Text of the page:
Bygone Days
Off The Wall, Sep 03, 2010

With the nearing Labor Day, there should be one thing and one thing only that crosses people’s mind – just what this holiday is all about. Unfortunately, people’s thinking process has changed. What the general public, at least in my opinion, will be concentrating on is the start up of schools in the area which has gotten underway already, the cooling of temperatures, or the beginning of the football season.

Nobody wants to hear, for instance, that I worked hard doing various jobs and being employed at various locations for the last 50 years until I was forced into retirement. It kind of falls on dead ears. Oh, yeah, people may ask, “What did you do,” but after hearing that, the scheme of questioning is lost in the wind, and a new question arises.

There were men and women with whom I worked that showed me that they knew their trade. When I visited the malls or hardware stores and saw laborers with dirty clothing usually with oil splattered all over their shirt and pants, I knew the apparel had not been purchased that way, but it was a sign of intensified labor, probably underneath cars in a body shop. In any case they were mechanics in all probability.

I’ve heard it many times – “People back in the olden days worked, and they worked hard. Today they have a changed attitude and don’t want to put forth to put bread on the table.” There is some truth to that.

Generally speaking, for example, farming has always and will always be an occupation of laborious requirements. I don’t think the general public has any idea what the farmer goes through to make sure people in our country, generally speaking, have enough food for their table. Outside of the fact that some produce comes from other countries, there still is hard labor that goes into making sure that it is FDA-approved and stands ready for our shelves at the markets.

I think there is something to be said to thinking back to those bygone days when workers slaved on the railroads so the tracks could be installed for railways’ connections.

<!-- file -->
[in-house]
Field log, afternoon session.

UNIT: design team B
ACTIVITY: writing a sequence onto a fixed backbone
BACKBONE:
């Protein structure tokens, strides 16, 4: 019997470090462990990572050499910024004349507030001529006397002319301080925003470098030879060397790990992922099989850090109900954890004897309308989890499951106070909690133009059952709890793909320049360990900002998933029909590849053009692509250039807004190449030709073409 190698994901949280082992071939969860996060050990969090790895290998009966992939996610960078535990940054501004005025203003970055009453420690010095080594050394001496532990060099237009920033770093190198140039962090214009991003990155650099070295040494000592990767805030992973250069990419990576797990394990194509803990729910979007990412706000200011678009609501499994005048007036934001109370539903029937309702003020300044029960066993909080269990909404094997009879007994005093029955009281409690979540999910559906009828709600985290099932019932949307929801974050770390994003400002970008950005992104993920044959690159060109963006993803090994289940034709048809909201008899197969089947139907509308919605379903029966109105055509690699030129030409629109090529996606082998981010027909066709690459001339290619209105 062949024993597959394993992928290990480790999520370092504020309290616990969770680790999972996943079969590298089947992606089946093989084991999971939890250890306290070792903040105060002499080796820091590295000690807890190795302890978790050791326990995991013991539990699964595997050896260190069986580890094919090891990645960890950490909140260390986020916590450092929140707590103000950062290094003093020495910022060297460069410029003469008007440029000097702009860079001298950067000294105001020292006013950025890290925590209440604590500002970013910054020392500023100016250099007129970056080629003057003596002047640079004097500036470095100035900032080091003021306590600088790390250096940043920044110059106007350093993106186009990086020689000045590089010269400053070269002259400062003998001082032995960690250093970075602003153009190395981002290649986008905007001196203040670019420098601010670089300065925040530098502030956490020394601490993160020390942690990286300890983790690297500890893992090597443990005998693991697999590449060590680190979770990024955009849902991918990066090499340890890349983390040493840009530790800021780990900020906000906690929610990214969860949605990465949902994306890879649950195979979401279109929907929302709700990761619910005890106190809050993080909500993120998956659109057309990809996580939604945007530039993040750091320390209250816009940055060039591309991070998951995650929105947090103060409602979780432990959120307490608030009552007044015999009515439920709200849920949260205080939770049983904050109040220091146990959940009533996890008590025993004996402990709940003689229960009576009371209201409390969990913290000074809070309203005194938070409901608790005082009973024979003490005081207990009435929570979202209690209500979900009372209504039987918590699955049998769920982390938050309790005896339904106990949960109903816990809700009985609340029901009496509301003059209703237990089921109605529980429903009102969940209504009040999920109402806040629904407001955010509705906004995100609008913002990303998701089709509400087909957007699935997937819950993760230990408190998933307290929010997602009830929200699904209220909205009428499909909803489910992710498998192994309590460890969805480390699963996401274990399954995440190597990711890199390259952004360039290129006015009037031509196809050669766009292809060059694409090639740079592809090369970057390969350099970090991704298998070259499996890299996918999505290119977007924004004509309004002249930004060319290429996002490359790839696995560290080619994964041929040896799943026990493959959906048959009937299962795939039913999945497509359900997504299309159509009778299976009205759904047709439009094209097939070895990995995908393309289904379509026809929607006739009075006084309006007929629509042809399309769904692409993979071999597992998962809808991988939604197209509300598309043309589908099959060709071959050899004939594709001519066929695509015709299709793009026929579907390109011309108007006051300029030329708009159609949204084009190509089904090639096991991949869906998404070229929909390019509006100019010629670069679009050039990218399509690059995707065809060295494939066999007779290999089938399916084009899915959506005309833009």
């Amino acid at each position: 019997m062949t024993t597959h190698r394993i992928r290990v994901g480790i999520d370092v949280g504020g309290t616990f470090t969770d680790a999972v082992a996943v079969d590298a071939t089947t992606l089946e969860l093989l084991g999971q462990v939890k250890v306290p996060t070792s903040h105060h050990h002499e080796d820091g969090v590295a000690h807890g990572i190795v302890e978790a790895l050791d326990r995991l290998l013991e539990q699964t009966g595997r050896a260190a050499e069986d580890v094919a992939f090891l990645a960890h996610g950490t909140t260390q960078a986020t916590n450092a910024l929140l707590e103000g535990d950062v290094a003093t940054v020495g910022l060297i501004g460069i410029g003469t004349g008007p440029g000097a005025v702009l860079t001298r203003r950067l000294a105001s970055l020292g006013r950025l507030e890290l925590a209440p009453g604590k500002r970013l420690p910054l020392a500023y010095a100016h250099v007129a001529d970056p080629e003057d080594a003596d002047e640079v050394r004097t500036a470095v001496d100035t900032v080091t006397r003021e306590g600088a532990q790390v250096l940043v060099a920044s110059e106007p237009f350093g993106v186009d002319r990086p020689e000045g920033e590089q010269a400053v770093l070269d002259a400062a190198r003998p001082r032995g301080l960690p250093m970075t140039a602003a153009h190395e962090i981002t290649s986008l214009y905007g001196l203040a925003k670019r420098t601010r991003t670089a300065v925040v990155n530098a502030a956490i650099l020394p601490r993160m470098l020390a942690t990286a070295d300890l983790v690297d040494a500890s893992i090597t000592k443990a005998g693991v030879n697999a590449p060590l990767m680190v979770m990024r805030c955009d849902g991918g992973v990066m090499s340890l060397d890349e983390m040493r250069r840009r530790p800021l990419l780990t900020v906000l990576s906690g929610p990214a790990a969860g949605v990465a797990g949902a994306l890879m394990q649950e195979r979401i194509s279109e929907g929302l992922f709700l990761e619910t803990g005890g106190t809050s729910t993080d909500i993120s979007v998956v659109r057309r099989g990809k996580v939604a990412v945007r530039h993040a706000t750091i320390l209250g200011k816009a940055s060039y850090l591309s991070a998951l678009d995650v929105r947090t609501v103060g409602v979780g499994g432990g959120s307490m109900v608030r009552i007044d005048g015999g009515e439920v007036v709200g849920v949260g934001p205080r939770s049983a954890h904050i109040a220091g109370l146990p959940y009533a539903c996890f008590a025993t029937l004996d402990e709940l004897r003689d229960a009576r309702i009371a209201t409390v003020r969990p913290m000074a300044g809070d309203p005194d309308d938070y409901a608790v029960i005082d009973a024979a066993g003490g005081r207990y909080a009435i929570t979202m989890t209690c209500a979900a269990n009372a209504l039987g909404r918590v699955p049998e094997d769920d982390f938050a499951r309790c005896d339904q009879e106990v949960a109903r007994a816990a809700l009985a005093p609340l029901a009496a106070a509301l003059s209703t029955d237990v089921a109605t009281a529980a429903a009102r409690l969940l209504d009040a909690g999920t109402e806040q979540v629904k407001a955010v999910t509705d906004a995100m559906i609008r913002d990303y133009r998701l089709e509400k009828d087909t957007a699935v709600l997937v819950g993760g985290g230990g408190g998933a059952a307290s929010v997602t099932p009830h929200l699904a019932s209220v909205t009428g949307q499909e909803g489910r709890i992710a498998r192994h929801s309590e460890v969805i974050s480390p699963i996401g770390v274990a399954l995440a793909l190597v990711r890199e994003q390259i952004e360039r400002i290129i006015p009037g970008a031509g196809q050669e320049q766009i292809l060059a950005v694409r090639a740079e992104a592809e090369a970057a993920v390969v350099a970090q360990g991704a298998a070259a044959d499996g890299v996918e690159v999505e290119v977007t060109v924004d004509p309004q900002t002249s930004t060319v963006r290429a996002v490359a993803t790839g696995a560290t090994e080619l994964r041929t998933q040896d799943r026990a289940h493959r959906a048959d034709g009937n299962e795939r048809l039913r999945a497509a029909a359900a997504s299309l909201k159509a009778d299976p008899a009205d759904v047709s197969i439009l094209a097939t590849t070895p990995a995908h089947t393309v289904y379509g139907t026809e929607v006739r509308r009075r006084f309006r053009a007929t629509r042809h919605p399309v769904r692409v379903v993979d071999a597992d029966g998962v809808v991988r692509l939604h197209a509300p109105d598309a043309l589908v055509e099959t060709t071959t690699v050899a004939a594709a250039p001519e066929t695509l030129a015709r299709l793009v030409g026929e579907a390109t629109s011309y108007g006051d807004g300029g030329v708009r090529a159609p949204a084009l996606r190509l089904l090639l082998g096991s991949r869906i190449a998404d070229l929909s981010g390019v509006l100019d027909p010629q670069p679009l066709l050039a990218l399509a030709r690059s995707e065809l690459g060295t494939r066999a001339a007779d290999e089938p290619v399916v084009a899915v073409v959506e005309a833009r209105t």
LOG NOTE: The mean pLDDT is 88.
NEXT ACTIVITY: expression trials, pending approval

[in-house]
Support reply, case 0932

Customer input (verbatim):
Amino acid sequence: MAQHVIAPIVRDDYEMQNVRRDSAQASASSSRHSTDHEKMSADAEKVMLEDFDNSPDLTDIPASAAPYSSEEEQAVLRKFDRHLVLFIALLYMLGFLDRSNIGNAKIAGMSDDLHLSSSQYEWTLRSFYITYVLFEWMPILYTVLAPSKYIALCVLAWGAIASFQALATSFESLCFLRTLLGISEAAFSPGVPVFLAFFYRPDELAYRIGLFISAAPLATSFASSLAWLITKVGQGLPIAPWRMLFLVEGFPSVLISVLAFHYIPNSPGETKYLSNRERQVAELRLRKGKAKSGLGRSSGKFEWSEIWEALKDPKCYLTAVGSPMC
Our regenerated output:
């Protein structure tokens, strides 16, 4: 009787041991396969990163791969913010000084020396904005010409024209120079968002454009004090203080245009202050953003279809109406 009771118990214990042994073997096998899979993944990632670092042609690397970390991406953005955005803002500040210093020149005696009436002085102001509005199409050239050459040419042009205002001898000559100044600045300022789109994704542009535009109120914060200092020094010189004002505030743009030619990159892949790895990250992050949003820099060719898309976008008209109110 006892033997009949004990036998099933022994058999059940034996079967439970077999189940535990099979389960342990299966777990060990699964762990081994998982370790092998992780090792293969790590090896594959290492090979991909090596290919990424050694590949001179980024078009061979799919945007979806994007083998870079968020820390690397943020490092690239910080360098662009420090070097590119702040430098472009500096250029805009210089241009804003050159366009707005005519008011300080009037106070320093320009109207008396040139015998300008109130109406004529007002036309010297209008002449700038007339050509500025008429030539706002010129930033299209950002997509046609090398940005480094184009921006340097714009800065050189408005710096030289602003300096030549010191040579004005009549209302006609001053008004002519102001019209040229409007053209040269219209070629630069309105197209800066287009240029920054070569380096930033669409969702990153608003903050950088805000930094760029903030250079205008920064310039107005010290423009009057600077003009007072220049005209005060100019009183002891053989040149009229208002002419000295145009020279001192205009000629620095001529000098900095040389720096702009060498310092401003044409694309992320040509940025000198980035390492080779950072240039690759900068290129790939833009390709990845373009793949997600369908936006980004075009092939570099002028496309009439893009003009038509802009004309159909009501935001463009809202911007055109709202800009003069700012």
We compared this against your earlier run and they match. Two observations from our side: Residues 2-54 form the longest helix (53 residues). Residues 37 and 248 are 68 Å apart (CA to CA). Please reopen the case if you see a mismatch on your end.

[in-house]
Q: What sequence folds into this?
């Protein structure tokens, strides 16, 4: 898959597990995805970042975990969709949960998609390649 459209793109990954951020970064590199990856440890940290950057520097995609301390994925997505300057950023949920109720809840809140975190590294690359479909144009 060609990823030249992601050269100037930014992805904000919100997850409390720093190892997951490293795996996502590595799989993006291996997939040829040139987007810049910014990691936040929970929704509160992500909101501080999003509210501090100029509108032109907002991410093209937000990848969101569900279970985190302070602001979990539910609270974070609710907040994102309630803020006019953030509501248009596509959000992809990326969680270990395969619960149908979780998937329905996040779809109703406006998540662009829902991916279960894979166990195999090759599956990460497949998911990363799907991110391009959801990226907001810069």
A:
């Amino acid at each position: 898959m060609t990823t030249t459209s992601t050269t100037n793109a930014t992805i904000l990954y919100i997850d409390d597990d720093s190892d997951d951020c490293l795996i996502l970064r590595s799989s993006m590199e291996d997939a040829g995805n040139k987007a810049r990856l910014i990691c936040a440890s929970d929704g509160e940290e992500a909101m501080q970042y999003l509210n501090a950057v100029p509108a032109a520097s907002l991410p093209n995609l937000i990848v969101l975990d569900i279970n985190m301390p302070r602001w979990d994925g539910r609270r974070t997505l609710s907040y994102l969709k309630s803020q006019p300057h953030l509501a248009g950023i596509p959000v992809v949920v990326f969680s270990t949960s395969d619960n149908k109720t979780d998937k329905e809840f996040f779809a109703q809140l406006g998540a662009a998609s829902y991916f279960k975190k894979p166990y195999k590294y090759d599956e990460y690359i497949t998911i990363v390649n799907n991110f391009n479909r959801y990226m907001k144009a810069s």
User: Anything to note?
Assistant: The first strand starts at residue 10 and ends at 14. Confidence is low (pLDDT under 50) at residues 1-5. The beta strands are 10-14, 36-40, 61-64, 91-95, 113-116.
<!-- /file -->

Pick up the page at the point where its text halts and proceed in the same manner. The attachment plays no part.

If we were all close our eyes and imagine, just for a few moments, a profession which comes to mind between the 20’s and the 40’s, for example, we each may have example. And with those, we could visualize workers hard at work.

Now, I’m not saying that men don’t work hard today. All one has to do is go to steel mills in the area, tool and die and machine shops, and you would find hard-working area residents. And as much as I hear some folks putting them down, teachers are doing an excellent job preparing children and young adults for what ahead in their future.

And to fall in line with that, youth who want to learn and benefit from what they are taught are responding by keeping their noses between the pages despite the many distractions with which they may be faced throughout the upcoming months.

And, not to take away from the many different occupations whereby men and women are working hard, there are behind the scenes’ opportunities that youth and adults alike may take advantage. Through use of the Internet, children are home-schooled and adults may get their masters by going on line to achieve their goals.

But yet, our employment rate in this country is down averaging close to nine percent. I’m sure there will be people who won’t celebrate this day as they should, for their eyes will be directed toward finding employment.

What is still questionable in my mind is “Why are there so many want-ads that seem to fill the classified sections in newspapers?” If I was still able to work eight-ten hour days, and needed to put bread on my table, I think I would file an application for one of these positions, especially for the ones where it specified, “No experience necessary.”

I don’t get it. If people are really capable of working, why not step forth and tell the employer you are a hard worker and want to set an example such as the men in bygone days. “They worked hard and so will I”. What employer wouldn’t want to hear those words?

On the other hand, I have talked to many, who has assured me that their life is content, and they are getting everything they want and need. As one guy put it, “Why should I work. The government gives me everything I need.”

I have no answer to that. I always felt great when I was able to give of myself, work hard, and know at the end of the day, I did what God called me to do – “labor for eight hours.”


- Paul J. Volkmann
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